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FDA approves new, inexpensive saliva-based COVID-19 testing

1 month 1 week 17 hours ago Tuesday, August 18 2020 Aug 18, 2020 August 18, 2020 11:14 AM August 18, 2020 in News
Source: WBRZ

At the order of the US Food and Drug Administration, a new way of testing patients for COVID-19 is now available.

This new fifth testing option is a saliva-based procedure that was given Emergency Use Authorization this week.

Saliva may not engender the most pleasant images in one's mind, but the test might be preferable to the currently popular nasal swab, which can be uncomfortable.

In contrast to the awkward nasal swab test, the saliva test is inexpensive, noninvasive, requires minimal processing, and retains much of the accuracy of traditional nasopharyngeal (relating to the upper part of the pharynx, connecting with the nasal cavity above the soft palate) swabs. 

The new procedure was developed by the Yale School of Public Health and Yale is offering SalivaDirect’s protocol open source, meaning researchers worldwide can take and adapt the method for use in their own labs depending on what resources they have available.

The authors say they engineered their protocol to be as adaptive as possible to different PCR kits already on the market.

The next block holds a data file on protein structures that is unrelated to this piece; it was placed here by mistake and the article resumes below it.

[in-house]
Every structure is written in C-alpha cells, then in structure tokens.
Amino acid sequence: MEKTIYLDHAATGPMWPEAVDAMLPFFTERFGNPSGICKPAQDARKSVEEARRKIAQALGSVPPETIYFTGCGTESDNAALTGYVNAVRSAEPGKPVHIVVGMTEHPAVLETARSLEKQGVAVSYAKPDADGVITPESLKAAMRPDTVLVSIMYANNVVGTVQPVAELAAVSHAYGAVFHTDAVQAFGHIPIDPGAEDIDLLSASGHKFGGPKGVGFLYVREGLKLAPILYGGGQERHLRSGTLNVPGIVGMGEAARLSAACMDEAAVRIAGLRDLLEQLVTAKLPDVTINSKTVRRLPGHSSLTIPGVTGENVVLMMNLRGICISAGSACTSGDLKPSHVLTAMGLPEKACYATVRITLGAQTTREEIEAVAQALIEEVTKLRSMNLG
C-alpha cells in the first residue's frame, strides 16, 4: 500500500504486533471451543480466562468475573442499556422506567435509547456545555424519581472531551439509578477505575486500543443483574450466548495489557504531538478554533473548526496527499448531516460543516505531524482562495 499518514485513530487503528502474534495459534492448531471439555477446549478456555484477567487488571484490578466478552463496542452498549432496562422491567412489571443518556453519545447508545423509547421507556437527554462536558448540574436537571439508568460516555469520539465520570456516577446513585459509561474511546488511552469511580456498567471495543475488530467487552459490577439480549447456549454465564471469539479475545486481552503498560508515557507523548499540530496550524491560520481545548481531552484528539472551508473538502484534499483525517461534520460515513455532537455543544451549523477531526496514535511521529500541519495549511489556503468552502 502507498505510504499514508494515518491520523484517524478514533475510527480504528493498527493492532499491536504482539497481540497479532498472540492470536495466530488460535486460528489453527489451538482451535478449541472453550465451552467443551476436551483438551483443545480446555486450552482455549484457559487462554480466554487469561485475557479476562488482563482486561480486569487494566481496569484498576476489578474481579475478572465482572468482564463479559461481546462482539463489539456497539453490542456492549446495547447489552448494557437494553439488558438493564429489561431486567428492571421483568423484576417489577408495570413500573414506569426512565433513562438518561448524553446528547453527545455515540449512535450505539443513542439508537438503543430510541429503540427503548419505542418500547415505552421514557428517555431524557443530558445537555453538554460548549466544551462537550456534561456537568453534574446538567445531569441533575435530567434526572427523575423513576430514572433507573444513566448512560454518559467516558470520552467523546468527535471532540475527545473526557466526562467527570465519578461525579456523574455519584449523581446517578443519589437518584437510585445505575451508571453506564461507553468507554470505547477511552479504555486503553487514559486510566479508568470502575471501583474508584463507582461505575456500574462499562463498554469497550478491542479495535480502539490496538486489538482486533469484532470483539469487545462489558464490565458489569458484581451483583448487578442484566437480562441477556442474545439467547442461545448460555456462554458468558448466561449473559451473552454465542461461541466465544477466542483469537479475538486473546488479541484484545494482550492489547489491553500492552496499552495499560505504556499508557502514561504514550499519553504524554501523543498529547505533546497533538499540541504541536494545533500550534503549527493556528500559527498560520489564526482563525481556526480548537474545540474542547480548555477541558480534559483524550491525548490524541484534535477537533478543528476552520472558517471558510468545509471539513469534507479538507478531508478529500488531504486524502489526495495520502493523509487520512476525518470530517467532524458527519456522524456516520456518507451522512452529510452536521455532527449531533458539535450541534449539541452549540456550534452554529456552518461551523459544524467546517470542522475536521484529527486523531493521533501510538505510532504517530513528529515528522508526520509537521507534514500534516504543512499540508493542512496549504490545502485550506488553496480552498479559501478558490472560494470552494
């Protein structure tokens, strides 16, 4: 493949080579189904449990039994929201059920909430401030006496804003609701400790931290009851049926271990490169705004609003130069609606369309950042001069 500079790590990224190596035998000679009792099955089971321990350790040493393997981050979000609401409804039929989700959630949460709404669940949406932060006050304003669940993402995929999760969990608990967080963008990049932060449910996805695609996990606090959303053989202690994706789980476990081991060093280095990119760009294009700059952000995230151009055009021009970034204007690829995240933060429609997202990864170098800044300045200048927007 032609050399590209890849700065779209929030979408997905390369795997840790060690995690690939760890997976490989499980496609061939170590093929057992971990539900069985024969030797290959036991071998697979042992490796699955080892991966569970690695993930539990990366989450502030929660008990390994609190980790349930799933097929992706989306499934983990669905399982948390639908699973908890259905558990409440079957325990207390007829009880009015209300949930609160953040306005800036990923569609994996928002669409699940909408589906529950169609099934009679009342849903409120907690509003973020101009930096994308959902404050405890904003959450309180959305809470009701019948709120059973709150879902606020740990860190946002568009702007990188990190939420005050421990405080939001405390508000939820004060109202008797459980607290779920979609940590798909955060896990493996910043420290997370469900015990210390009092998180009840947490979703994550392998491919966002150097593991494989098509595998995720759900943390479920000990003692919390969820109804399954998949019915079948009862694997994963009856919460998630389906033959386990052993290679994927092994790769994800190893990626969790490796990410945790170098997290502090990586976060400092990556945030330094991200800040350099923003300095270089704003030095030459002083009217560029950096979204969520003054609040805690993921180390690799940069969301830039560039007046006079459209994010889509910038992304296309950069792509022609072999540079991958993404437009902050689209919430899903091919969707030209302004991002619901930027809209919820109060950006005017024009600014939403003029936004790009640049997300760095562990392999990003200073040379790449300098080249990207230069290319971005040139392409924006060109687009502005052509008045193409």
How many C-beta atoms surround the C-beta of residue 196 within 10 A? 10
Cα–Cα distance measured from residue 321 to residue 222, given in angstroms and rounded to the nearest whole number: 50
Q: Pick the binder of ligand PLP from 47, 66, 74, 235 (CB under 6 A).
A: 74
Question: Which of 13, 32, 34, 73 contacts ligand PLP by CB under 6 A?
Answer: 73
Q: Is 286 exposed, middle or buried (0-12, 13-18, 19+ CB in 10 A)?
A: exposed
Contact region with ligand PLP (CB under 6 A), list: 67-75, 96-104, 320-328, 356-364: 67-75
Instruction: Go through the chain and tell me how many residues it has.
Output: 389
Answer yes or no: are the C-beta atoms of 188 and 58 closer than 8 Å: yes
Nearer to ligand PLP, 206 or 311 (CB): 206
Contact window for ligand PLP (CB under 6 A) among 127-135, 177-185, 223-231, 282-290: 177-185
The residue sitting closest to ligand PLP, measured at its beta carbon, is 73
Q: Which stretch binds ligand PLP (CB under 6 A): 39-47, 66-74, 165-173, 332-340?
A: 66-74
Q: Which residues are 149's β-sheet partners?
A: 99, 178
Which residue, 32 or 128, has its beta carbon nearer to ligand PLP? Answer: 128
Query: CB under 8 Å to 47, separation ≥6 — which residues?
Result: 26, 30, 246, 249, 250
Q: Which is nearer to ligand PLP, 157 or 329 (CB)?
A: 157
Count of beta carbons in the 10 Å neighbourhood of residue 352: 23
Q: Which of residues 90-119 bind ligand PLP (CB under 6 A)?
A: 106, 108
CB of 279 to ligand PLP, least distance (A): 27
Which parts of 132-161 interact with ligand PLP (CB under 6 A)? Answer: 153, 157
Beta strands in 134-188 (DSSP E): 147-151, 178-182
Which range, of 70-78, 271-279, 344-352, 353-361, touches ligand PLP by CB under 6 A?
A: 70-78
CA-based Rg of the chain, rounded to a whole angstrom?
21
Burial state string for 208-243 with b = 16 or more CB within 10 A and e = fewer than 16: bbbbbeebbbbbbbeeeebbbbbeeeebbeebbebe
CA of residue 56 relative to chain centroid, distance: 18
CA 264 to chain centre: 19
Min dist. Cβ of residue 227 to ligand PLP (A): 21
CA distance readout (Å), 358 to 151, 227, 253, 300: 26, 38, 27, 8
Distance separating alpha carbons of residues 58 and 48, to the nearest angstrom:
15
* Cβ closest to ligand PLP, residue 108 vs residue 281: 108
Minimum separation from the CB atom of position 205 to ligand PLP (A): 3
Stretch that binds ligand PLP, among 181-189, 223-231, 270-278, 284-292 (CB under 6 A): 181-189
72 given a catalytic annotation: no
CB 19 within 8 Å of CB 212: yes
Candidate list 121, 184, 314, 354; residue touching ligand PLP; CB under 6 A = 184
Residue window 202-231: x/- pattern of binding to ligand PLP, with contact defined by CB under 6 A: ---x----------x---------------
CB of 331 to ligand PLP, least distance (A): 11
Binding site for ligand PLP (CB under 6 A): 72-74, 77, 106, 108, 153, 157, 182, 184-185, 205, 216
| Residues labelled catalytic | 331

“Providing this type of flexibility for processing saliva samples to test for COVID-19 infection is groundbreaking in terms of efficiency and avoiding shortages of crucial test components like reagents,” Food and Drug Administration (FDA) Commissioner Stephen Hahn says in a press release announcing the emergency use authorization.

This same flexibility and relatively streamlined protocol also make SalivaDirect a cheaper alternative to traditional PCR tests, the authors say. The total cost of the reagents needed for one test is roughly $5, meaning it could be offered to the public for much less, perhaps as little as $10. 

“This could be one the first major game changers in fighting the pandemic,” Andy Slavitt, a former acting administrator of the Centers for Medicare and Medicaid Services, tweeted in response to the news. “Rarely am I this enthusiastic . . . [With] a $10 test, you can test every day or every couple days.”

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